Ah February…I have already fallen off the New Year resolution wagon and dipped right back into frosting, cake mix and candy. I won’t ever give up Diet Mountain Dew or my love for reviewing business intelligence and predictive analytics tools. Though I do need to reign in my volunteer work in 2014 a bit to keep my husband happy and keep feeding the pups. Priorities… BUT when I was contacted about looking at a small, off-the-radar self-service business intelligence dashboard solution used by SAP business intelligence customers, I could not resist temptation yet again. The little company is called Antivia. They have a young offering called XWIS DecisionPoint that has some maturing to do but is off to a promising start. Here is a quick peek at it and my balanced, honest feedback of where it is today.


According to Antivia’s overview, they have been in the information delivery business for over 10 years. They have roots in Seagate Crystal and Business Objects, as well as some other lesser known industry players. They began focusing on business user, self-service business intelligence five years ago. Antivia’s XWIS DecisionPoint is a 4th generation offering. Antivia was founded in 2007 and has 2 offices in London and Boston. Even though they were a small, unknown player, their customer list does include a few of the world’s biggest name accounts that are most likely using the SAP Xcelsius and WebIntelligence.

I got the standard overview by the product management team and told them I won’t blog about any product unless I get to play with it hands-on. I am a firm believer that anyone can make a demo look dreamboats but it is the hands-on experience that makes all the difference in understanding a product, breadth of true capabilities versus marketing-speak, learning curve and overall user experience. They provided me a link to download and install XWIS DecisionPoint onto my Windows 8 laptop.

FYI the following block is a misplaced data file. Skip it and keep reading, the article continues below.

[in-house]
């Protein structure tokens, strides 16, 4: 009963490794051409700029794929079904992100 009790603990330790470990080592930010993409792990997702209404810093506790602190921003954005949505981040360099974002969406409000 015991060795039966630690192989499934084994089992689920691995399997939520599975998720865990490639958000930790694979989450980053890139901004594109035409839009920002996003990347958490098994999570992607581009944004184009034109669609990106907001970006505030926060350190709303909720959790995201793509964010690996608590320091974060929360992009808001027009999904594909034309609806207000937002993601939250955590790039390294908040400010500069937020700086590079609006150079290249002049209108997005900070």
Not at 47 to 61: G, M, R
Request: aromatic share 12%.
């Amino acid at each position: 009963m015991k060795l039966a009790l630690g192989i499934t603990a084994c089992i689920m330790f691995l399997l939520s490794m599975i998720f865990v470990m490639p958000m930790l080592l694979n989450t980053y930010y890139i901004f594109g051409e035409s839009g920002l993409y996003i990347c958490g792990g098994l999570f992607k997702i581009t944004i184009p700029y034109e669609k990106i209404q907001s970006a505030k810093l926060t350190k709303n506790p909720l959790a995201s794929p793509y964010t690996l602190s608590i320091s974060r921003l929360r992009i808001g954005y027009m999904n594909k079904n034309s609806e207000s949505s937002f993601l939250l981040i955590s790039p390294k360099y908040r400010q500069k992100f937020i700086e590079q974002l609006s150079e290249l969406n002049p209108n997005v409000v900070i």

Although I did have a rough start, things not working quite right and missing documentation, their YouTube videos really helped get me functional.  The nice technical rep was also super helpful and attentive to supporting my inquiries and troubleshooting bugs encountered – even over the busy holidays.  I give them A+ on technical support.

Once I was finally up and running, it was fun to use.  I liked their default gorgeous blue theme and array of widgets, charts and pixel-perfect layouts that I rarely see in self-service business intelligence dashboard tools. The development experience was drag/drop, filter, customize object settings, click to publish and pretty straight-forward once you got the hang of it. They do have an interesting Alert syntax concept that I did not fully understand but could infer that it was a nice, proactive dashboard feature. I also noted dashboard Actions/Behaviors on views and a button feature that was also intriguing. I struggled a bit with navigating published reports. Once I deployed a dashboard, I could easily drill-down but I was not able to drill back up.  I also felt the calendar control took up way too much space and should be redesigned as a pop-up to leave precious dashboard space for valuable, actionable content. I shared a few more nit picks with them around usability but I was pleased with where they are at this early in the product lifecycle.  Having been a developer most of my life, I truly appreciate the engineering behind the solution.


Overall they have a good running start and the pixel-perfect, gorgeous dashboards have a lot of future promise. Their web site and demos look great. The SAP connectors are fantastic. The HTML5 and mobile was also lovely. It feels like they need a few more feature releases to address usability issues, develop reviewer guides and needed documentation to get better market traction. I am not deep into the SAP world to know if they are already widely seeded in that market but I can see why SAP users may like this little-known, self-service business intelligence offering.